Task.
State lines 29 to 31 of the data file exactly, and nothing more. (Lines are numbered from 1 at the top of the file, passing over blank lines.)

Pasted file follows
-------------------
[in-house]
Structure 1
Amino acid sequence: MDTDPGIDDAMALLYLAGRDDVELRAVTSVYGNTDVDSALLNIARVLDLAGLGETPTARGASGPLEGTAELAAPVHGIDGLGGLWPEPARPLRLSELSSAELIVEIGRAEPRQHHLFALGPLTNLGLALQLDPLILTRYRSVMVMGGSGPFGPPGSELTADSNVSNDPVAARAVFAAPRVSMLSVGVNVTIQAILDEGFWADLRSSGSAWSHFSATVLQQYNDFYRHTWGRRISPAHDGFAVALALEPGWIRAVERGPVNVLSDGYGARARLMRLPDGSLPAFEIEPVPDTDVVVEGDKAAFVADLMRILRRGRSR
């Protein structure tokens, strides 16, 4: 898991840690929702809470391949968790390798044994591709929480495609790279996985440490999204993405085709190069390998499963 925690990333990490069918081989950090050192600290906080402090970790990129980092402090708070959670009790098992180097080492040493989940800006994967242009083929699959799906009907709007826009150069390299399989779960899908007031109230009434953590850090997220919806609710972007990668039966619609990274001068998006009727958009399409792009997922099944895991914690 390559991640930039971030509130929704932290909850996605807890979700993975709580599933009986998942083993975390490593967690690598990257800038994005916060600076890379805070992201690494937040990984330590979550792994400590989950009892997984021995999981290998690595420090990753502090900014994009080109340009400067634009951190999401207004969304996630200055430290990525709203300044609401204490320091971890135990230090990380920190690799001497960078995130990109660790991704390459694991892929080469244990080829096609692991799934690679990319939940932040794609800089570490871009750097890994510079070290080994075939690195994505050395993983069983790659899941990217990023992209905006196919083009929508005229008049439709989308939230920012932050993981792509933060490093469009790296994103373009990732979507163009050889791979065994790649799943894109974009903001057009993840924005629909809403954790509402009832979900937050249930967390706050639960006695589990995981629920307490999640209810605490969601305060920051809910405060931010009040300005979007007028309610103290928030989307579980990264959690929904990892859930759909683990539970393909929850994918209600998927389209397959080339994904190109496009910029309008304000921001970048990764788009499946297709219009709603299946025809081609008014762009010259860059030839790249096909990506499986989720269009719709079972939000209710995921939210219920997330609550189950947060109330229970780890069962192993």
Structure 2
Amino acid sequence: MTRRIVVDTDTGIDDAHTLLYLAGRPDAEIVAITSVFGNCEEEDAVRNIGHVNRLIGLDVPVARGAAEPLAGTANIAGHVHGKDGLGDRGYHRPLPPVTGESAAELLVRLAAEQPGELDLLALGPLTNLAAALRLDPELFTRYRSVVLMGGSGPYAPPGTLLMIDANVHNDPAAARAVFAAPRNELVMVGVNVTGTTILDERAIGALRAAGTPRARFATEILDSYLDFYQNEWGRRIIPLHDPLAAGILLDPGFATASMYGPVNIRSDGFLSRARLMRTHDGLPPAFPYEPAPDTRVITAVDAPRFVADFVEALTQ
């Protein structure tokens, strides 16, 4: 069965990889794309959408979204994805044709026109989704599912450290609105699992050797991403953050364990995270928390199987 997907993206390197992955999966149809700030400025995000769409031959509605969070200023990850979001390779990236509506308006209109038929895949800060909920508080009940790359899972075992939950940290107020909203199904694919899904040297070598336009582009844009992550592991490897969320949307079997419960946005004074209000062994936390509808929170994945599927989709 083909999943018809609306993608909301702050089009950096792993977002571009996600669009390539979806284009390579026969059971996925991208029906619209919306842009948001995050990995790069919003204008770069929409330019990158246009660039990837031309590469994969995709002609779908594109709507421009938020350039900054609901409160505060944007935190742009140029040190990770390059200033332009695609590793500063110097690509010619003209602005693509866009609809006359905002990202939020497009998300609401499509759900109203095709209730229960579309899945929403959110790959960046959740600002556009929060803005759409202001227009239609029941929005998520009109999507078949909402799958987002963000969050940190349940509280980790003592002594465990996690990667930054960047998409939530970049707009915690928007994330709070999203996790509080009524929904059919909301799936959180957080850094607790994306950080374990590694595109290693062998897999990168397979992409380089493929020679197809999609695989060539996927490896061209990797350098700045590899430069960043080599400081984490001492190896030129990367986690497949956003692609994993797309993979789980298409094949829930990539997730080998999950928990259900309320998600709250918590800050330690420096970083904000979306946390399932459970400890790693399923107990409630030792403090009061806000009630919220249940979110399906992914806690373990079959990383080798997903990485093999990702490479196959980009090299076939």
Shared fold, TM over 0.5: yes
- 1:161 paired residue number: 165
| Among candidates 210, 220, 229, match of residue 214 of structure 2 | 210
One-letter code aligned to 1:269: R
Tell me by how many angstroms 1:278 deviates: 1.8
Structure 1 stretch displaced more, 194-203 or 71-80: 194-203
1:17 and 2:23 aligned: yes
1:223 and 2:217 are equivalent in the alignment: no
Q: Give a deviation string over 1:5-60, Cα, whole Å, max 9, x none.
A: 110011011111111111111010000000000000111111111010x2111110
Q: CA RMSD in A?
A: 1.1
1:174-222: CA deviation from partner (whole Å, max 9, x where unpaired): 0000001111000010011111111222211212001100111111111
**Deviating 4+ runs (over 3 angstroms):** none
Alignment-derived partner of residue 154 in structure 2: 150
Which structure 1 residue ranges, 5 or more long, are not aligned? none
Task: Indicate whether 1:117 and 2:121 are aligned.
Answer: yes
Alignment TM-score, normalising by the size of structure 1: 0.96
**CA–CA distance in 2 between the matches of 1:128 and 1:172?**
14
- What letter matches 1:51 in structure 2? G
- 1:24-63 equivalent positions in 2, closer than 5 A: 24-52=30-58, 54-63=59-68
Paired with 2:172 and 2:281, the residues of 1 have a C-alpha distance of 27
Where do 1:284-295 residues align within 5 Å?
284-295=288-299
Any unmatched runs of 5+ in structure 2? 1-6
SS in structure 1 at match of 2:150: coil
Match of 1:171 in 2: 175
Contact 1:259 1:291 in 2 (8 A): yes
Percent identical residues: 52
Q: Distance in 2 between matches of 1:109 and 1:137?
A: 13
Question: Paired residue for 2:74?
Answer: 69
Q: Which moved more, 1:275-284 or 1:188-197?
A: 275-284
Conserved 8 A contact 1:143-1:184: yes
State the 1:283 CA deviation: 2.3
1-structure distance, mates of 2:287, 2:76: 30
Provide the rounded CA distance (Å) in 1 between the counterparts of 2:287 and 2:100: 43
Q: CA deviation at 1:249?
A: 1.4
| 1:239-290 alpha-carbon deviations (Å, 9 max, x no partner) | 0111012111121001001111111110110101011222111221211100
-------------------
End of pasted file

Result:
- What letter matches 1:51 in structure 2? G
- 1:24-63 equivalent positions in 2, closer than 5 A: 24-52=30-58, 54-63=59-68
Paired with 2:172 and 2:281, the residues of 1 have a C-alpha distance of 27